Semester research: The (de)evolution of Hindu environmental ethics

Pollution

I spent the semester tracing the evolution of Hindu orthodoxy and orthopraxy as it pertains to conservation, resource consumption and environmental stewardship from Vedic times to modern days through several key texts. Of course, the Hindu canon is much too large for any definitive conclusions, but these texts were selected by my professor as representative of the larger (vastly larger) body of texts.

You can read the full draft paper here. The academic abstract would go something like:

This paper examines Hinduism’s evolving attitudes toward nature and prescriptions of ethical environmental practice during the history of the religion. The paper critically considers eight texts that represent major trends in Hindu philosophy and practice, through the Vedic, classical, medieval and modern periods. In early times, Hindu society associated divinity and worship with natural processes. This was soon challenged by a renunciation theology that rejected the material/natural world entirely. Yet as polities and kingdoms swelled and expanded, social organization and material well-being became chief concerns of philosophers; the natural, wild world took on a negative connotation. Hinduism’s complex and changing cosmology further muddied the waters for questions of right action in environmental dilemmas. Nonetheless, there have been various counter trends with religious roots that may serve as a starting point for a Hindu-centric discussion of environmental protection.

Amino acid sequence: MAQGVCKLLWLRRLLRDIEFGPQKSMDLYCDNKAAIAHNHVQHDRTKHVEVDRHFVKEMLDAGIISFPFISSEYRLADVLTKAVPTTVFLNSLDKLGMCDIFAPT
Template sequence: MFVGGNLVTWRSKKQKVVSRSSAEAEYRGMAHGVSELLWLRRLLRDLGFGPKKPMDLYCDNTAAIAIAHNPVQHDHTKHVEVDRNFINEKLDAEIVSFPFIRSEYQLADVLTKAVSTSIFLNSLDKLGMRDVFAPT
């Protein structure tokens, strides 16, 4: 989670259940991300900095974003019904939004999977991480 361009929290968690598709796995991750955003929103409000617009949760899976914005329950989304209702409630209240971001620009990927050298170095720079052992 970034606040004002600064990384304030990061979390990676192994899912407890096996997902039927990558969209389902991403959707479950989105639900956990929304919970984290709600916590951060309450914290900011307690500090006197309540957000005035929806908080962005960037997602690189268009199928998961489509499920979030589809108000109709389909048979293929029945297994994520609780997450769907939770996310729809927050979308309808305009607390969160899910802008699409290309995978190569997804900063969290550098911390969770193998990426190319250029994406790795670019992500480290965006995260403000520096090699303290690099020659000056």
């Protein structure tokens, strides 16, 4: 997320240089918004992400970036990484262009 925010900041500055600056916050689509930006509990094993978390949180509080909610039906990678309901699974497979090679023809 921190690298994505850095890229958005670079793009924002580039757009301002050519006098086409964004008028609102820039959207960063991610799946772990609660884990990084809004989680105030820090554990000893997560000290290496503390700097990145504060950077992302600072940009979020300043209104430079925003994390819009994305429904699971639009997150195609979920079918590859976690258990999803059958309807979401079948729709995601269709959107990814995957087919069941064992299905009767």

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Puja day in Tughlaq ruins

Hurry up, mom

The last time I visited Tughlaqabad Fort, a small shrine was drawing a crowd for puja. Despite multiple trips to the fort, which is my absolute favorite hideaway in Delhi, I have yet to discern just who this shrine celebrates.

A small stream of worshippers continued even in the afternoon heat, as they carried food and items for puja. Festive times for a fort that is usually home to herdsmen and a handful of tourists who escape the beaten path.

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